Saint Thomas More Chapel at Yale launched the Center for Music and Liturgy on June 29, 2015, with an Inaugural Concert and Gala at Carnegie Hall that featured an international ensemble of over 600 performers in a stunning presentation of new and traditional sacred music. The concert featured the world debut of Mass of the Divine Shepherd by the composer in residence. We are grateful to all who joined in this celebration.
Mass of the Divine Shepherd - notes from the composer
by Julian Darius Revie
Mass of the Divine Shepherd is a one-hour musical exploration of the figure of the Good Shepherd, unfolding as melodic dialogue between adult chorus with orchestra and antiphonal children’s chorus with handbells. Between these two stands the audience, a silent but indispensable third voice, called to active participation in the mysteries of that Shepherd who at once enfolds all in a universal and eternal embrace, and yet lays down his life for each, as if for each alone.
This Mass is written in memory of my dear friend Dennis Stanton Avery, who passed away in 2012. Dennis was instrumental in my coming to study at Cambridge University, his alma mater. After his death, I was asked by the University to write a piece for a memorial service held there in his honor. I recognized from the start that within that piece – a setting of the 23rd Psalm for tenor with organ accompaniment – lay the seeds of something greater; Mass of the Divine Shepherd is the fulfillment of this artistic vision. The Mass remains centered around this tenor solo, now accompanied by full symphony orchestra and, for the Carnegie Hall première, 600 handbells. The sweeping, arc-like structure of the Mass reaches its pinnacle at the end of this solo with its supreme statement of faith: I shall dwell in the house of the Lord forever.
The Mass begins with simple, chant-like melodies, sung first by the children and answered by the men of the chorus, before blossoming into a highly canonic interplay, as though these melodies had sprung to new life, echoing through every corner of the hall. Just as sheep trust their shepherd as they come to know his voice, so this Mass seeks to build a trust relationship with the audience by opening with naturally flowing, singable melodies. As the interplay between children, adults, orchestra, and handbells develops, these melodies lead us, as though by the hand, as we embark into musically richer, more textured territory.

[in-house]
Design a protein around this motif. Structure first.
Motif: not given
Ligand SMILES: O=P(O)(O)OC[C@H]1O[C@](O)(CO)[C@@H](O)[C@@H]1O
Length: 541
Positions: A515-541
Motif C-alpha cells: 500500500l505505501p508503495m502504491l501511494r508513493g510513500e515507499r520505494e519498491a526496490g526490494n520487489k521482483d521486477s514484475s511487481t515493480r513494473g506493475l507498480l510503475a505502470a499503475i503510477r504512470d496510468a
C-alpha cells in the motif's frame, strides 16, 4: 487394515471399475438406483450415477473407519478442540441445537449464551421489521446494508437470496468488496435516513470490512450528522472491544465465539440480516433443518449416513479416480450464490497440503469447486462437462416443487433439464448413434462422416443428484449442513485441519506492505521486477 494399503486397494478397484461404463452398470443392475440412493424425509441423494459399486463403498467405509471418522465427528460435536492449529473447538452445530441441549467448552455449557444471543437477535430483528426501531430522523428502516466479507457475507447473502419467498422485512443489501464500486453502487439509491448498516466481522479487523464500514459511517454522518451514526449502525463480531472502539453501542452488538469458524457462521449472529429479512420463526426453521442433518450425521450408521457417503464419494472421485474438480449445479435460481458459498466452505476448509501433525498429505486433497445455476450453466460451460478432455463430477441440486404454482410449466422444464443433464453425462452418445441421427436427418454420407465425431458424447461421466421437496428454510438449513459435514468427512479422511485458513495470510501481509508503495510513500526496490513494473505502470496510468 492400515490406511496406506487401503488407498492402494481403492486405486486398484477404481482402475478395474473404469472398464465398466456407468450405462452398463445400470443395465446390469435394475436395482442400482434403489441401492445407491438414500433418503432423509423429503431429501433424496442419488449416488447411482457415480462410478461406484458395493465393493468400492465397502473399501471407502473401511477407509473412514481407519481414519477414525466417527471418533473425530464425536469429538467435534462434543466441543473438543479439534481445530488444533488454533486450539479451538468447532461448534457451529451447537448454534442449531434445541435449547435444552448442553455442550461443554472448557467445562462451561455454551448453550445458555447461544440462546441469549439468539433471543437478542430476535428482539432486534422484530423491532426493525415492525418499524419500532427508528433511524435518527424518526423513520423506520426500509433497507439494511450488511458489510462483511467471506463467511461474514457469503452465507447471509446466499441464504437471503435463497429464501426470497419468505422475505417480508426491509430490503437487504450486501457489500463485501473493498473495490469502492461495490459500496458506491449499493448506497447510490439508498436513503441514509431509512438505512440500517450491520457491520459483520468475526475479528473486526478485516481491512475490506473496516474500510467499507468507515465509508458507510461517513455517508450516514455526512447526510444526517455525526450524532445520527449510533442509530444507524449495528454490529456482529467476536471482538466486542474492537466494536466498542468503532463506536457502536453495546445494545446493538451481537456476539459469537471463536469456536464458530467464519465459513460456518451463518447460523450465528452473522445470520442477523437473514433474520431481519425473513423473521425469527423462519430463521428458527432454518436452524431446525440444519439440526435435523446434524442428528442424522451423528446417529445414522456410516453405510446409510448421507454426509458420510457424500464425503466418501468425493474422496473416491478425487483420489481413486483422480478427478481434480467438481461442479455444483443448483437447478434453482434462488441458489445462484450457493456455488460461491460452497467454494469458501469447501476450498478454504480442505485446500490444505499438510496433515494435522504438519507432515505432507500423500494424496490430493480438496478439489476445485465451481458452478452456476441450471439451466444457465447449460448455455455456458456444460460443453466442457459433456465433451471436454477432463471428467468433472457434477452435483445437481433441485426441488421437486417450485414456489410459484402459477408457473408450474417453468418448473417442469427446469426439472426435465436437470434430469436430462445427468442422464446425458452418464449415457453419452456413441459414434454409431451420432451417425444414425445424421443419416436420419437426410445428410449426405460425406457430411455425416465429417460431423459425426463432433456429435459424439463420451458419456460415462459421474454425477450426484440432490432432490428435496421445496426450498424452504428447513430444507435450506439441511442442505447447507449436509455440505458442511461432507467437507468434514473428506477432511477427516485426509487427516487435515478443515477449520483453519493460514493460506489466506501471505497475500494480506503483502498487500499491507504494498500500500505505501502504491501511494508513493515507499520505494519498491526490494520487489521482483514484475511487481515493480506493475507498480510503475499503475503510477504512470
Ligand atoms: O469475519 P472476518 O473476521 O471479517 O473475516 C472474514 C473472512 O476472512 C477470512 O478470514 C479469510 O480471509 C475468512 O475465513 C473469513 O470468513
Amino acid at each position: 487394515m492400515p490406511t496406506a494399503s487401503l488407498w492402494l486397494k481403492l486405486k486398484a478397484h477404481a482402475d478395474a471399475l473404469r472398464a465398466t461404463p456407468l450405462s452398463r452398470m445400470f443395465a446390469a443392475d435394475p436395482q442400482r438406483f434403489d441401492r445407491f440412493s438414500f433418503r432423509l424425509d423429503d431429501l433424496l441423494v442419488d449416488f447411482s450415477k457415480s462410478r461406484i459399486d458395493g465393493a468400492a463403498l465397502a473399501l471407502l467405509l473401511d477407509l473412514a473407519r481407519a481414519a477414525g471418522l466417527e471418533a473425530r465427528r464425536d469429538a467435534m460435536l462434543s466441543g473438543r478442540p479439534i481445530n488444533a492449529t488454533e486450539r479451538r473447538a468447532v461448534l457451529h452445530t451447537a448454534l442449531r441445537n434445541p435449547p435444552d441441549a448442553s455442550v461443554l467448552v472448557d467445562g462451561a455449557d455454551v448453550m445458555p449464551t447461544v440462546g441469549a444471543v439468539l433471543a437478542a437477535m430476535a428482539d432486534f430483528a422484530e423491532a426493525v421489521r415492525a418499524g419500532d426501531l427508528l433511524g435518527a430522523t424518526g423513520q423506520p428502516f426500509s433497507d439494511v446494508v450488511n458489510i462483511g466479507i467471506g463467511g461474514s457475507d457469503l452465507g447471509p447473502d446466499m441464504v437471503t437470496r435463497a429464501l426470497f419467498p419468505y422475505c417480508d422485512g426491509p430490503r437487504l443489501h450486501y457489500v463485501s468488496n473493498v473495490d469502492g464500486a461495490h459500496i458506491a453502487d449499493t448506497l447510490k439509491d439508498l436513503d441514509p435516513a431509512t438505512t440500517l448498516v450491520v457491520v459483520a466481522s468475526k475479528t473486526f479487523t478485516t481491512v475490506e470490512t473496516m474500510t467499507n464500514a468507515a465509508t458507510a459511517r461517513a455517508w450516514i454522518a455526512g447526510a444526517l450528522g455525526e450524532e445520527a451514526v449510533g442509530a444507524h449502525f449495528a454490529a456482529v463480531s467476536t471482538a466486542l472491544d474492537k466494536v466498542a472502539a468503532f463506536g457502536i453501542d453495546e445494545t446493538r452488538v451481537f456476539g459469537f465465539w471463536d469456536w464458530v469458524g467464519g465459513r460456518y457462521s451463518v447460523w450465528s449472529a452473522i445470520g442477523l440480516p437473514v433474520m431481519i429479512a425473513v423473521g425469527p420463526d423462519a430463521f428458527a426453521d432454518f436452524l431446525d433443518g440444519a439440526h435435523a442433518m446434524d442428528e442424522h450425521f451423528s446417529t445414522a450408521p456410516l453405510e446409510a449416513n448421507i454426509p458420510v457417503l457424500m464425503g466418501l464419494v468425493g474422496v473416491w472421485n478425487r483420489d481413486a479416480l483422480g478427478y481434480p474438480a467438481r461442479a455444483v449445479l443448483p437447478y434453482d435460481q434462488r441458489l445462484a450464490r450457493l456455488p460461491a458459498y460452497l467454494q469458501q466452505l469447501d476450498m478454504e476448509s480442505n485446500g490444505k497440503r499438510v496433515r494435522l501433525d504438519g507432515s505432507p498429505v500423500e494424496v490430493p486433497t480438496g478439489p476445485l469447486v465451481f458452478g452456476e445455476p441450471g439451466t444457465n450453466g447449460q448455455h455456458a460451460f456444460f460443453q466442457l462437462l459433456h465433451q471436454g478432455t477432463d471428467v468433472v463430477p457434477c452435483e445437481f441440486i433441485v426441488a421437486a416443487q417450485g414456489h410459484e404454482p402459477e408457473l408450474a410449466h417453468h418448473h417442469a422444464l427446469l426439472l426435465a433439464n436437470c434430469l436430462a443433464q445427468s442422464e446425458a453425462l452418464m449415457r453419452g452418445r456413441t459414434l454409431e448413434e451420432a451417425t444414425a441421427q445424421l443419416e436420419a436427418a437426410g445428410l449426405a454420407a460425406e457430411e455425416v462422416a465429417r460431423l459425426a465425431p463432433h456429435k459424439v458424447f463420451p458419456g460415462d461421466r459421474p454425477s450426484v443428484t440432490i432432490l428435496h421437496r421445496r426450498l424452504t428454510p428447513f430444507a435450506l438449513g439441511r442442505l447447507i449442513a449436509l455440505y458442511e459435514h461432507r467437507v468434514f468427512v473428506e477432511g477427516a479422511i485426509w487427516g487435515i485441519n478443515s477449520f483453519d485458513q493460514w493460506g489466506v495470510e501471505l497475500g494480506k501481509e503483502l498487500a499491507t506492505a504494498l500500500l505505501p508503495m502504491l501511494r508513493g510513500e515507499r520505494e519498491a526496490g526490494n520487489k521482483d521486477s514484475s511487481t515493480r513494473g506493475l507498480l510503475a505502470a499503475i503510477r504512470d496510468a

After the childlike innocence of the opening movements, the adults lead a proclamation of the Credo, driven and riveted with rhythmic intensity. In this movement, the orchestra recapitulates fragments of sacred music, from the chants of the first Christians to the hymns of our day, generating a cacophonous sonic whirlwind embodying a full two thousand years of music all written specifically for one Person, overlaid by a soaring statement of the Resurrection. Relentlessly the men repeat I Believe in God, hundreds of times in this movement – and finally the children enter, superimposed upon the adults’ closing life everlasting, singing only four words: I Believe in God – once, slowly, decisively. This leads directly into the children’s response to the Creed, which is not sung at all, but played entirely with their angelic handbells, high in the balconies, bathing the audience in a gentle wash of soft, pure tones.